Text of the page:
BOSTON -- For perhaps the first time this postseason and certainly during the Eastern Conference finals, LeBron James showed some signs of fatigue Wednesday night as the Boston Celtics took a 3-2 series lead with a 96-83 Game 5 win over the Cleveland Cavaliers.
James' numbers were strong -- he scored 26 points with 10 rebounds and five assists on 11-of-22 shooting -- but his energy seemed to lag at times, and it might have contributed to his six turnovers.
"I had my moments," James said when asked if he was tired. "I think everybody at this point is tired or worn down."
James later dismissed the issue.
"I'm fine," he said. "I didn't mention fatigue, [the media] did."
Cavs coach Tyronn Lue altered his rotation to squeeze in extra rest for James at the end of the second quarter, which is unusual. Then Lue intended to have James start the fourth quarter after giving him some rest at the end of the third. But James wasn't ready to return to the game, and that left him and Kevin Love on the bench at the same time, which Lue wasn't expecting.
"He looked a little tired to me," Lue said. "[I have] no concerns. You've got to be ready to play now."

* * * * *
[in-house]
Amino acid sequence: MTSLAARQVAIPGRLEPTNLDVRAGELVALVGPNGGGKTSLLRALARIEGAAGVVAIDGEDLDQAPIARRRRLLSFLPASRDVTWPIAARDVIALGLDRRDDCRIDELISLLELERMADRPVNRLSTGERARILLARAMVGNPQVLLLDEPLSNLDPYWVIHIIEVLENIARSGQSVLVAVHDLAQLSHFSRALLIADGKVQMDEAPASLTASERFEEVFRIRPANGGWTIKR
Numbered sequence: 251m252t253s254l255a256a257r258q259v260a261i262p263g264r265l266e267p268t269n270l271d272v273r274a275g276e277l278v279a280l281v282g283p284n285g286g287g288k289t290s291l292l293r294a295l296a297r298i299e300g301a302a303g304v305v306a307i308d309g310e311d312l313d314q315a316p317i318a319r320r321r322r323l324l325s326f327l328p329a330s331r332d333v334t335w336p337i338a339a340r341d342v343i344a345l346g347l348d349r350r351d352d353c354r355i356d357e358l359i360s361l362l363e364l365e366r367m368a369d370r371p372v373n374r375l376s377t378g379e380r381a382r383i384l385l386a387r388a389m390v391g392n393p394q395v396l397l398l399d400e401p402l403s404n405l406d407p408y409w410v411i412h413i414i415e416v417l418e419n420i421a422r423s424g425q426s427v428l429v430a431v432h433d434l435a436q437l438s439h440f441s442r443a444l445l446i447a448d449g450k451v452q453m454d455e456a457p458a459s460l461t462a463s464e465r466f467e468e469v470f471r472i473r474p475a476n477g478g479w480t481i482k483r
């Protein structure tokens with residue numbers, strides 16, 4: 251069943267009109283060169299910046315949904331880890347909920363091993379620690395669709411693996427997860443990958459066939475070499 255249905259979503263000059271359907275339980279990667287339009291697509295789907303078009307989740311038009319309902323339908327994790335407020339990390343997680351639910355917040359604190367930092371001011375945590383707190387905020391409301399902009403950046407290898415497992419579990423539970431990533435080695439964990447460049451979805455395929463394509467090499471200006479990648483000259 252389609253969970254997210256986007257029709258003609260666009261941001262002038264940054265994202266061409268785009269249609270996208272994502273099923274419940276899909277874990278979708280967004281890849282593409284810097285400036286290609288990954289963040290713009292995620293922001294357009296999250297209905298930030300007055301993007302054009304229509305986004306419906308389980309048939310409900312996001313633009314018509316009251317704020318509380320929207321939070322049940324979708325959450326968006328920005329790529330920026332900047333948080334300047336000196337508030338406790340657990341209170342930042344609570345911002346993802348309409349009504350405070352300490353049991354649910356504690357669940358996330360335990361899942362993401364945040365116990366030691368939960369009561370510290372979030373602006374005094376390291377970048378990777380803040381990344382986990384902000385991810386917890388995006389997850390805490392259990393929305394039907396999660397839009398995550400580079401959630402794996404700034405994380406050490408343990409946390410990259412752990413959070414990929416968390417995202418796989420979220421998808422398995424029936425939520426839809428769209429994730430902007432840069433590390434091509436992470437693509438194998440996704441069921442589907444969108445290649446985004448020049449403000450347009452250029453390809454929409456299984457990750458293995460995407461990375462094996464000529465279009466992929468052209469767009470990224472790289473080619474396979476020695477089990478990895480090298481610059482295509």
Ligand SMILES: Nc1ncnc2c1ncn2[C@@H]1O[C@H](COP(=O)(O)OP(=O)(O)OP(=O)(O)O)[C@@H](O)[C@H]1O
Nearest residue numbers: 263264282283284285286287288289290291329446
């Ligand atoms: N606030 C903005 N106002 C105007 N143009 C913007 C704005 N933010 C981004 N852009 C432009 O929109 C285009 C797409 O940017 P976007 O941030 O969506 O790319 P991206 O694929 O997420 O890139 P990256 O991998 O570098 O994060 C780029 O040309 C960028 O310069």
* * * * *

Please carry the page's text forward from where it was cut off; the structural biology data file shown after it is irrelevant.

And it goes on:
James has played more minutes than any other player this postseason at 648. Wednesday's outing was his 98th game of the season, two shy of his career high of playing 100 games in the 2010-11 season, which included six games in the NBA Finals.
After a three-day break between Games 2 and 3, the East finals are now being played every other day, which seems to have affected other players. Game 5 was the most poorly played game of the series by both teams to this point.
James also has said he struggles to sleep in the postseason, especially after losses.
Marcus Morris, who has been a primary defender on James this series, said the Celtics saw that James was getting tired.
"We throw a lot of different bodies at him," Morris said. "And he does a lot for his team -- scores, assists, rebounds. I would think he gets a little tired."
The Cavs' loss can't be blamed on possible fatigue for James. He outscored the rest of Cleveland's starting lineup combined for the fifth time in the playoffs. The Cavs also were just 5-of-17 shooting off James' passes, the lowest percentage for Cleveland in the past three postseasons.
"[I was] still trying to make plays to help our team win," James said. "We had an opportunity, but we didn't make enough plays."
ESPN's Chris Forsberg contributed to this report.